How Envato defined the expectations of our developers

The Envato development team has always had a strong sense of what we stand for, how we work together and what we expect of each other … at least that is what many of us thought. Around 9 months ago our company participated in the Great Places to Work survey, which gauges how our employees feel about Envato as a place to work. Each department received a breakdown of their feedback, and whilst much of our feedback was great, one statement was a clear outlier “Management makes its expectations clear”. This was a trigger to question our assumptions about those expectations. This post tells the story of that journey.

The Response

Step 1 - Review What We Have

We reviewed where we stated expectations, how consistent and available that information is, and how we applied that information. The conclusion was it is patchy and not consistent. Our position description alluded to some expectations, our annual review question didn’t at all, and were broad and generic across the whole company, and goals that line managers set for developers were unique to each developers and did not relate to a common set of expectations.

Step 2 - Organise a Working Group

Envato has around 60 developers right now, and about 45 when we started this work, so consulting everyone as a large group was not going to be productive. We got together a working group of 7 developers that was a cross section of disciplines and seniority.

Step 3 - Come Up with a Framework / Classification

We reviewed all the information we had and came up with a basic classification system of expectations:

  • Tech Competency
  • Learning and Teaching
  • Collaboration and Ownership
  • Envato Values

Step 4 - A Starting Set of Values / Expectation

Next the working group had a go at coming up with a set of these statements, as a template for more broader consultation. We came up with a way of stating them which was a first person assertion, so that a developer could “ask themselves” if they satisfy this expectation, not just so that a manager could “judge” the developer … e.g. “I define the problems I am solving before the solutions”

An Example Developer Expectations Trello Card

We came up with 13 statements in this first draft, although we chose not to be exhaustive, but more to provide starting points for the rest of the team.

Step 5 - Get Ideas all Team Members

The entire dev team of 35 staff members was split up into groups and and assigned to one working group member. There were 9 separate sessions ran.

They ran a workshop to come up with a unique set of statements themselves. Ideas were collected in individual trello boards, and categorised either with the existing categories or new categories.

There were 220 statements, around 20 from each group, generated in these sessions.

Step 6 - Merging all Input to One Master List

The working group got back together to attempt to synthesise all this feedback. We created a new “Master” board with 5 major lists. The working group moved cards from their workshop boards into the Master board. The lists we came up with, with number of cards in each list was:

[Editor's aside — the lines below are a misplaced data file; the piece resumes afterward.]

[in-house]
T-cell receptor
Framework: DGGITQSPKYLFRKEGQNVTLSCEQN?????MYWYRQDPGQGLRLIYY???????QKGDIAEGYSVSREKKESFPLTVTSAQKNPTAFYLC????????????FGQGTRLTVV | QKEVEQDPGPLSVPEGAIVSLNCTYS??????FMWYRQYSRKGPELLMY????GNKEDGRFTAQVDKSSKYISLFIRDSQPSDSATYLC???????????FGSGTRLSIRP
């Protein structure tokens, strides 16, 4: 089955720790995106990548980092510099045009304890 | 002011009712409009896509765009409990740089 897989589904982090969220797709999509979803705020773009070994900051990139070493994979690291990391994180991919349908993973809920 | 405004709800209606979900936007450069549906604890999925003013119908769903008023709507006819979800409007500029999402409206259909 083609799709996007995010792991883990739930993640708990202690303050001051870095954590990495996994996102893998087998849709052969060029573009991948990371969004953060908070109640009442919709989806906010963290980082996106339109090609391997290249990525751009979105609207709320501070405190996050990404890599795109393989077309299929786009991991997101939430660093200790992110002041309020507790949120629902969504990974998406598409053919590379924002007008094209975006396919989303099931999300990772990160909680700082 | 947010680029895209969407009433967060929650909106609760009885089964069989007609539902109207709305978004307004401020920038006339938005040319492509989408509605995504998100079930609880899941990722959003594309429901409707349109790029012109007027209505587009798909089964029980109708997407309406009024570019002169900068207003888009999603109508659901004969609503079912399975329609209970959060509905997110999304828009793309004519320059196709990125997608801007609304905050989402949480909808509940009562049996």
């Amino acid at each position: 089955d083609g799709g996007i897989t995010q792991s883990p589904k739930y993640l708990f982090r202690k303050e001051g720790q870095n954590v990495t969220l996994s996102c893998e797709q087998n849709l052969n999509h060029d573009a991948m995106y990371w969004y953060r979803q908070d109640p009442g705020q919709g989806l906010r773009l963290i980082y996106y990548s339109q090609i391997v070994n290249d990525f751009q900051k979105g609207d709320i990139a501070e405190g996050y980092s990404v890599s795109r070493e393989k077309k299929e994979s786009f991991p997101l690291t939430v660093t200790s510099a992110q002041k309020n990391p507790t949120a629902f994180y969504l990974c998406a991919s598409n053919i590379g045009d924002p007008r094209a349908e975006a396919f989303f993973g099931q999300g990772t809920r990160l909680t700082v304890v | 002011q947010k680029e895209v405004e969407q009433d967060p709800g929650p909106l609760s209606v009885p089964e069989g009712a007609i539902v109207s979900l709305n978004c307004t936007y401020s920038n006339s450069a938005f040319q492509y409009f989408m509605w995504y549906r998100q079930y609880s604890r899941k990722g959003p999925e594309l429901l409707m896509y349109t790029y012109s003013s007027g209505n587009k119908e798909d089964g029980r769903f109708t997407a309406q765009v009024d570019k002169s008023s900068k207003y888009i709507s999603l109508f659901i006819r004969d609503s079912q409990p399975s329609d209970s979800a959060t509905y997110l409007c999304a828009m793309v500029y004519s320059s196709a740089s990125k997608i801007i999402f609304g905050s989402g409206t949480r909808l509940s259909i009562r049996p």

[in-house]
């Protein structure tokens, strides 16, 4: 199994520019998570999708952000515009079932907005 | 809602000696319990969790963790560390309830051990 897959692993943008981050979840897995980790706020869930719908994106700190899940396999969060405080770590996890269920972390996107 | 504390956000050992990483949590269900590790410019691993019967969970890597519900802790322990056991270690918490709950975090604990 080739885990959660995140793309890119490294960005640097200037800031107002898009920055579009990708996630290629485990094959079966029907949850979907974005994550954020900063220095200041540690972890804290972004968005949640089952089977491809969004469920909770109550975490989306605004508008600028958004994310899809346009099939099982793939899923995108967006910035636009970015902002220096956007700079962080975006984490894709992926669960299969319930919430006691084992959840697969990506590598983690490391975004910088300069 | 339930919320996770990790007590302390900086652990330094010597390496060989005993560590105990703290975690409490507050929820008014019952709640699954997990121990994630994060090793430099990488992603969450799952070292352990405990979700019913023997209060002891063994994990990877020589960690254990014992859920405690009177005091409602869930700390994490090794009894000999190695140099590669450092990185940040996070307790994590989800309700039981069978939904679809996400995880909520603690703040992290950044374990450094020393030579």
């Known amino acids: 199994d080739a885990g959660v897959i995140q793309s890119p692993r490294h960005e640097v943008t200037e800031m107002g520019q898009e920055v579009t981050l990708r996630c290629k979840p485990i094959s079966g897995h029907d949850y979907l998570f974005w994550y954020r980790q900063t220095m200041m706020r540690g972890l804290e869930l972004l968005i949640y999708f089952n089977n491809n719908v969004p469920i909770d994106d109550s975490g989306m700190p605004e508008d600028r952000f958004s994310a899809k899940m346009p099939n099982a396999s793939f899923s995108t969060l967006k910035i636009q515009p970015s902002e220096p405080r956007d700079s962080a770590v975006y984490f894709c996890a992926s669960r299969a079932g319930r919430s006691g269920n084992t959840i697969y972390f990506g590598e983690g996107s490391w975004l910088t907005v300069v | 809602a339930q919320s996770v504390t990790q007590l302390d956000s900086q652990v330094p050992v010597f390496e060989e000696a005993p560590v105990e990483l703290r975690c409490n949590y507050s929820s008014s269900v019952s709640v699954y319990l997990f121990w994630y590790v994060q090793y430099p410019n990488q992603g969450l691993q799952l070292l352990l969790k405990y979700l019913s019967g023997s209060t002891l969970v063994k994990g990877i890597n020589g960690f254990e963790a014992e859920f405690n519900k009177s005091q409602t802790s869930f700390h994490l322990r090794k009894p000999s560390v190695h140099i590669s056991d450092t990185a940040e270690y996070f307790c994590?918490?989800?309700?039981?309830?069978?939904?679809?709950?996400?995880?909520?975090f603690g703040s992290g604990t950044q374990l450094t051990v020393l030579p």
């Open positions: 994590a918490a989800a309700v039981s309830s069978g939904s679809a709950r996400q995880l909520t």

• Technical Competence - 86
  • Collaboration - 57
  • Learning and Teaching - 42
  • Envato Values - 19
  • What Makes and Awesome Team Mate - 8
  • Miscellaneous - 7

With everyone’s separate lists on the one board it looked like this! All Developer Expectations Trello Cards

Step 7 - Consolidating Ideas

The working group split into 3 groups to consolidate one list each. The outcome of the consolidation was to represent common themes in the input. For example the Collaboration list had 57 cards and was consolidated to 10 major themes, covering about 50 of the cards, with 7 being marked for review.

Consolidating Expectations

We linked these consolidated cards back to the original card so we could trace individual input through to final statements.

Linking Source Statements

Consolidating all our ideas revealed some outliers that were not common across the working groups. We wanted to reduce the final set of expectations to a workable number, so outliers were cut.

Step 8 - Finalise the List

After much re-wording we came up with our final set of lists and cards that we considered a small enough but not too large list of expectations.

Final Consolidated Expectations

Step 9 - Convert to a Github Repo and Request Reviews

Once we were happy with our trello cards, it was time to publish these expectations and open them up for comment and review. We decided to use the development process that serves us well for code, which is github hosted repositories and pull requests. After presenting our content to the entire team at a ‘code party’ we found team members started to start conversations via Pull Requests.

Expectation Pull Requests

An Expectation Pull Request

And finally, publishing our living set of developer expectations to the public. You can find them here at Developer Expectation.